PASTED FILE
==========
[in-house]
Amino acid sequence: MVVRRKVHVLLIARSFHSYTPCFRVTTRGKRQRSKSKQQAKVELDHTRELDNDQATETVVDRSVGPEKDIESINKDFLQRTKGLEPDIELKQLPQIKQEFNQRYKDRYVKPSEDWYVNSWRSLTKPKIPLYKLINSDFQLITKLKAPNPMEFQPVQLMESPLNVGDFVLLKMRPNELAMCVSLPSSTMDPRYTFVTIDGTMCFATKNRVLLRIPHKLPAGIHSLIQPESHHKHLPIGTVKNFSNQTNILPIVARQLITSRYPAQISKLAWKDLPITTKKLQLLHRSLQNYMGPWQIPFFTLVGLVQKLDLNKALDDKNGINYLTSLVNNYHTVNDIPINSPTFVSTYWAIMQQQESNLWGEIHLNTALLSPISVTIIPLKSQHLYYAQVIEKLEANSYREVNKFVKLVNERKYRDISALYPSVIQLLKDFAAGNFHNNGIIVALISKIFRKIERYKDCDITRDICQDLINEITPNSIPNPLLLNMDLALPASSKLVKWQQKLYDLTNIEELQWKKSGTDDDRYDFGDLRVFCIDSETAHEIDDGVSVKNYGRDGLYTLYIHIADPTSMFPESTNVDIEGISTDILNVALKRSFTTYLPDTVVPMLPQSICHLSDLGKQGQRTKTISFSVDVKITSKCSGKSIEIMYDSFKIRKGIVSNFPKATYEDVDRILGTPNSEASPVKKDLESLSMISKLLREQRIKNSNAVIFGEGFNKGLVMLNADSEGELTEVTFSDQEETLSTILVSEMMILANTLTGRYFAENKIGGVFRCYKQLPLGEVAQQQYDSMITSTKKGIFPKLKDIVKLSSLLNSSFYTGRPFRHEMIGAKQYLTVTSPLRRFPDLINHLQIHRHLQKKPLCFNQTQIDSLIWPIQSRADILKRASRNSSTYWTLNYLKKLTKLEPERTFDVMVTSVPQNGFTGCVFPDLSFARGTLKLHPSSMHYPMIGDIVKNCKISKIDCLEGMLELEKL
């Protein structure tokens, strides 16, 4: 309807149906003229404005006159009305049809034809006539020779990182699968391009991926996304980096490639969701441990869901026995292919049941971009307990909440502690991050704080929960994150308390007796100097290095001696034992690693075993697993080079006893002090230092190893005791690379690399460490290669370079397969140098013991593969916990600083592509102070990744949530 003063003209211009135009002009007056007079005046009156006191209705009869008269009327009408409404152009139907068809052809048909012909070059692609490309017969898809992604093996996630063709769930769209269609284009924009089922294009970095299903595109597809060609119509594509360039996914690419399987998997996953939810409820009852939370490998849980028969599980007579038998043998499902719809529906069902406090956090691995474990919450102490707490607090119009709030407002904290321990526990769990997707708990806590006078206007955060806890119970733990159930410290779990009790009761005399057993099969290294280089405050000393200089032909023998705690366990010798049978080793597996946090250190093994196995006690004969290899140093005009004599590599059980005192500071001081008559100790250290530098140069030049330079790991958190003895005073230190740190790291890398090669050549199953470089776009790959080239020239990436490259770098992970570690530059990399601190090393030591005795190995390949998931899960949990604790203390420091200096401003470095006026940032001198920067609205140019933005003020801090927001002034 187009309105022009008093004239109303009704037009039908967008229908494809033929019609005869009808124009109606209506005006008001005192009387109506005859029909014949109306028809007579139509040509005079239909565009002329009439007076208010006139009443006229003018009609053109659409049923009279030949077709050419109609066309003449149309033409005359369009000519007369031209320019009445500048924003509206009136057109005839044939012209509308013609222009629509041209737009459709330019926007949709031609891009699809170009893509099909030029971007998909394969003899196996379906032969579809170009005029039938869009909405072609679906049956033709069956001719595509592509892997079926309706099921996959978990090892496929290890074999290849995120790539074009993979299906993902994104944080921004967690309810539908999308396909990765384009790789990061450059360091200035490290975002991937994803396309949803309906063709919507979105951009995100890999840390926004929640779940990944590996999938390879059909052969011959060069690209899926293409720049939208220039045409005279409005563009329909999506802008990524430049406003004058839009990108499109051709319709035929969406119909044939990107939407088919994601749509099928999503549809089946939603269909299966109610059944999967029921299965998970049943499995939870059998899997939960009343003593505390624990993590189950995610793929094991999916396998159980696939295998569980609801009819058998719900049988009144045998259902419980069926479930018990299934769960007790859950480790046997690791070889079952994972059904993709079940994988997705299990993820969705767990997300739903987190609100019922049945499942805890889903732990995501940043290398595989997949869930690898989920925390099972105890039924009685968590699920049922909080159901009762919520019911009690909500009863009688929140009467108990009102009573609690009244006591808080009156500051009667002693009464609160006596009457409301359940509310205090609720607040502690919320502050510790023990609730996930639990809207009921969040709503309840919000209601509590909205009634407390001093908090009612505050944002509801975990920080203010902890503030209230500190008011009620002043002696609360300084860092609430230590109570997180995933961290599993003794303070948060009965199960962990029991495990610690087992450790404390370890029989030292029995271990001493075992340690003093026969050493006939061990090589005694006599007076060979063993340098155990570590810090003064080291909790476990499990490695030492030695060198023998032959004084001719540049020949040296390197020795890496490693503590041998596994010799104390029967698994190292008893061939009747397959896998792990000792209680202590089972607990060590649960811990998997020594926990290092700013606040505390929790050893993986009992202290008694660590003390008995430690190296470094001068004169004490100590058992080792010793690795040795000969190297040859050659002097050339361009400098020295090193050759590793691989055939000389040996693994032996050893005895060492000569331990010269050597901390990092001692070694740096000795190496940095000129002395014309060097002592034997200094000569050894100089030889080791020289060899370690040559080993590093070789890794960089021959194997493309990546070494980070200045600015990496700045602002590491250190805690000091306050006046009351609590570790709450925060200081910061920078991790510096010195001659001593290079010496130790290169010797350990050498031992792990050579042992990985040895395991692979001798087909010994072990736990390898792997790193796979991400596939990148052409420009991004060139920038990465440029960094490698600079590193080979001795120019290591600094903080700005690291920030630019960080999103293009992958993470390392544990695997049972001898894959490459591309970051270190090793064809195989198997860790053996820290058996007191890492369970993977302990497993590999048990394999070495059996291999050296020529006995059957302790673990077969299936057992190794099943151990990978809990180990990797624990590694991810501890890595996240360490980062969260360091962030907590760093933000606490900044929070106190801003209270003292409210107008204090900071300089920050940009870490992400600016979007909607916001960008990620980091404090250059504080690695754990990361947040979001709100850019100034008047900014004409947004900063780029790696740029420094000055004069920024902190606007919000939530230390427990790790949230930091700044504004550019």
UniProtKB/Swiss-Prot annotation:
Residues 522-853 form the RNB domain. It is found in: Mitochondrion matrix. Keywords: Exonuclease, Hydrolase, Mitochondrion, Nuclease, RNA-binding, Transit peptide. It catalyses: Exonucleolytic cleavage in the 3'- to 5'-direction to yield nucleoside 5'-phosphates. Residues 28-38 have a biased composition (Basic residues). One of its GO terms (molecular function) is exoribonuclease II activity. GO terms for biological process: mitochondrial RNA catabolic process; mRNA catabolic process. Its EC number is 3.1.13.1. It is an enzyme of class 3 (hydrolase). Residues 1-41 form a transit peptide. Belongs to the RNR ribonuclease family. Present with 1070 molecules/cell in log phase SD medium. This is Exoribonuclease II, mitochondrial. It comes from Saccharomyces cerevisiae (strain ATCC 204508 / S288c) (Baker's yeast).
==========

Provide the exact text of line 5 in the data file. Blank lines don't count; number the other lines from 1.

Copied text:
Residues 522-853 form the RNB domain. It is found in: Mitochondrion matrix. Keywords: Exonuclease, Hydrolase, Mitochondrion, Nuclease, RNA-binding, Transit peptide. It catalyses: Exonucleolytic cleavage in the 3'- to 5'-direction to yield nucleoside 5'-phosphates. Residues 28-38 have a biased composition (Basic residues). One of its GO terms (molecular function) is exoribonuclease II activity. GO terms for biological process: mitochondrial RNA catabolic process; mRNA catabolic process. Its EC number is 3.1.13.1. It is an enzyme of class 3 (hydrolase). Residues 1-41 form a transit peptide. Belongs to the RNR ribonuclease family. Present with 1070 molecules/cell in log phase SD medium. This is Exoribonuclease II, mitochondrial. It comes from Saccharomyces cerevisiae (strain ATCC 204508 / S288c) (Baker's yeast).